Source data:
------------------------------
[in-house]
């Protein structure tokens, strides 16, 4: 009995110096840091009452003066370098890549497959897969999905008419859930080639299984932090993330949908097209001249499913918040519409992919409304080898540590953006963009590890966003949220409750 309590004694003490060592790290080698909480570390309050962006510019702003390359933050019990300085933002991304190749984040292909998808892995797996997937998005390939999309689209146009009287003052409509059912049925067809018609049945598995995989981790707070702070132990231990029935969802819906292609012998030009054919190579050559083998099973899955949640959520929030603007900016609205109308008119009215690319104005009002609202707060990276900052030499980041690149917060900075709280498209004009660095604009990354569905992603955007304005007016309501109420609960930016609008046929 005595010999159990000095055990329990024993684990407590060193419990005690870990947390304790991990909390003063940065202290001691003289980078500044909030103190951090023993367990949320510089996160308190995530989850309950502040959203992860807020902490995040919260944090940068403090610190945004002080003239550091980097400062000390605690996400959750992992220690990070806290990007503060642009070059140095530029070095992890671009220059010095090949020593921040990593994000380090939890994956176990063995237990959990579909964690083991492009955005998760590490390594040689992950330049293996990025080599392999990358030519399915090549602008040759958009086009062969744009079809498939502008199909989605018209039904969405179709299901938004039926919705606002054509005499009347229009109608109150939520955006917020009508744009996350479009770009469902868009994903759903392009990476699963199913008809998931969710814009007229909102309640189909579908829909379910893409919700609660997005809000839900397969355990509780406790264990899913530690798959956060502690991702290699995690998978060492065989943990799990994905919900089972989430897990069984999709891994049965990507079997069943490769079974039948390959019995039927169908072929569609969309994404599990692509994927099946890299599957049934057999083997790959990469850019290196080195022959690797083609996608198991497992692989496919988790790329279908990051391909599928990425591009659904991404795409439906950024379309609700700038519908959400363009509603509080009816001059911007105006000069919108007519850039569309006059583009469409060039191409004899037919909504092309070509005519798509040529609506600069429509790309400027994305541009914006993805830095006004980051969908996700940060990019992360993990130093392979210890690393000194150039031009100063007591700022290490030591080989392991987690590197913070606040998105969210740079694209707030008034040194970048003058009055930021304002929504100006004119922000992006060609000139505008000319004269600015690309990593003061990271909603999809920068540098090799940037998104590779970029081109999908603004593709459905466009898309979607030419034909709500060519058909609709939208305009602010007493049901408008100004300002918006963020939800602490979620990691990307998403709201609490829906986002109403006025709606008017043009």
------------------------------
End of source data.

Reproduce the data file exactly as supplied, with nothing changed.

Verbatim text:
[in-house]
């Protein structure tokens, strides 16, 4: 009995110096840091009452003066370098890549497959897969999905008419859930080639299984932090993330949908097209001249499913918040519409992919409304080898540590953006963009590890966003949220409750 309590004694003490060592790290080698909480570390309050962006510019702003390359933050019990300085933002991304190749984040292909998808892995797996997937998005390939999309689209146009009287003052409509059912049925067809018609049945598995995989981790707070702070132990231990029935969802819906292609012998030009054919190579050559083998099973899955949640959520929030603007900016609205109308008119009215690319104005009002609202707060990276900052030499980041690149917060900075709280498209004009660095604009990354569905992603955007304005007016309501109420609960930016609008046929 005595010999159990000095055990329990024993684990407590060193419990005690870990947390304790991990909390003063940065202290001691003289980078500044909030103190951090023993367990949320510089996160308190995530989850309950502040959203992860807020902490995040919260944090940068403090610190945004002080003239550091980097400062000390605690996400959750992992220690990070806290990007503060642009070059140095530029070095992890671009220059010095090949020593921040990593994000380090939890994956176990063995237990959990579909964690083991492009955005998760590490390594040689992950330049293996990025080599392999990358030519399915090549602008040759958009086009062969744009079809498939502008199909989605018209039904969405179709299901938004039926919705606002054509005499009347229009109608109150939520955006917020009508744009996350479009770009469902868009994903759903392009990476699963199913008809998931969710814009007229909102309640189909579908829909379910893409919700609660997005809000839900397969355990509780406790264990899913530690798959956060502690991702290699995690998978060492065989943990799990994905919900089972989430897990069984999709891994049965990507079997069943490769079974039948390959019995039927169908072929569609969309994404599990692509994927099946890299599957049934057999083997790959990469850019290196080195022959690797083609996608198991497992692989496919988790790329279908990051391909599928990425591009659904991404795409439906950024379309609700700038519908959400363009509603509080009816001059911007105006000069919108007519850039569309006059583009469409060039191409004899037919909504092309070509005519798509040529609506600069429509790309400027994305541009914006993805830095006004980051969908996700940060990019992360993990130093392979210890690393000194150039031009100063007591700022290490030591080989392991987690590197913070606040998105969210740079694209707030008034040194970048003058009055930021304002929504100006004119922000992006060609000139505008000319004269600015690309990593003061990271909603999809920068540098090799940037998104590779970029081109999908603004593709459905466009898309979607030419034909709500060519058909609709939208305009602010007493049901408008100004300002918006963020939800602490979620990691990307998403709201609490829906986002109403006025709606008017043009």